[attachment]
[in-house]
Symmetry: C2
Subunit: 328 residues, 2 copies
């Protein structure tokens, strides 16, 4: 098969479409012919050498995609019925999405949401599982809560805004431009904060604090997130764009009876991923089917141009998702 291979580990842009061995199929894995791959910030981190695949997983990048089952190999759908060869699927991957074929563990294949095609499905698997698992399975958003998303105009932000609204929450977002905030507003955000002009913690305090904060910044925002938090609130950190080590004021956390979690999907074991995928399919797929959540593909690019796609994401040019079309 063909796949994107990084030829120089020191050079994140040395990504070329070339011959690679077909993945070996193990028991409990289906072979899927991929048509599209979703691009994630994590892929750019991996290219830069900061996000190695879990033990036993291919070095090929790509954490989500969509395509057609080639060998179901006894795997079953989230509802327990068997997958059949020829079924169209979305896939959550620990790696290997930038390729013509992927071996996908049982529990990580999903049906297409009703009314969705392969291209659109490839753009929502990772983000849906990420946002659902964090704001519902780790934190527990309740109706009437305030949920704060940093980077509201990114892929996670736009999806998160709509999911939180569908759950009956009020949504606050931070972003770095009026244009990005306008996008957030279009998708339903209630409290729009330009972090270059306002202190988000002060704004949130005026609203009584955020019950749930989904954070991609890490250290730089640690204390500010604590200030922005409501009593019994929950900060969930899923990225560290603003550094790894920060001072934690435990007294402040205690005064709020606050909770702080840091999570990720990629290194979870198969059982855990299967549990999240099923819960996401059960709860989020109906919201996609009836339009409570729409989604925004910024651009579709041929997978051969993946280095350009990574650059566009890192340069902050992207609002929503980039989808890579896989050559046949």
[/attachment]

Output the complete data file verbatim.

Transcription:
[in-house]
Symmetry: C2
Subunit: 328 residues, 2 copies
């Protein structure tokens, strides 16, 4: 098969479409012919050498995609019925999405949401599982809560805004431009904060604090997130764009009876991923089917141009998702 291979580990842009061995199929894995791959910030981190695949997983990048089952190999759908060869699927991957074929563990294949095609499905698997698992399975958003998303105009932000609204929450977002905030507003955000002009913690305090904060910044925002938090609130950190080590004021956390979690999907074991995928399919797929959540593909690019796609994401040019079309 063909796949994107990084030829120089020191050079994140040395990504070329070339011959690679077909993945070996193990028991409990289906072979899927991929048509599209979703691009994630994590892929750019991996290219830069900061996000190695879990033990036993291919070095090929790509954490989500969509395509057609080639060998179901006894795997079953989230509802327990068997997958059949020829079924169209979305896939959550620990790696290997930038390729013509992927071996996908049982529990990580999903049906297409009703009314969705392969291209659109490839753009929502990772983000849906990420946002659902964090704001519902780790934190527990309740109706009437305030949920704060940093980077509201990114892929996670736009999806998160709509999911939180569908759950009956009020949504606050931070972003770095009026244009990005306008996008957030279009998708339903209630409290729009330009972090270059306002202190988000002060704004949130005026609203009584955020019950749930989904954070991609890490250290730089640690204390500010604590200030922005409501009593019994929950900060969930899923990225560290603003550094790894920060001072934690435990007294402040205690005064709020606050909770702080840091999570990720990629290194979870198969059982855990299967549990999240099923819960996401059960709860989020109906919201996609009836339009409570729409989604925004910024651009579709041929997978051969993946280095350009990574650059566009890192340069902050992207609002929503980039989808890579896989050559046949």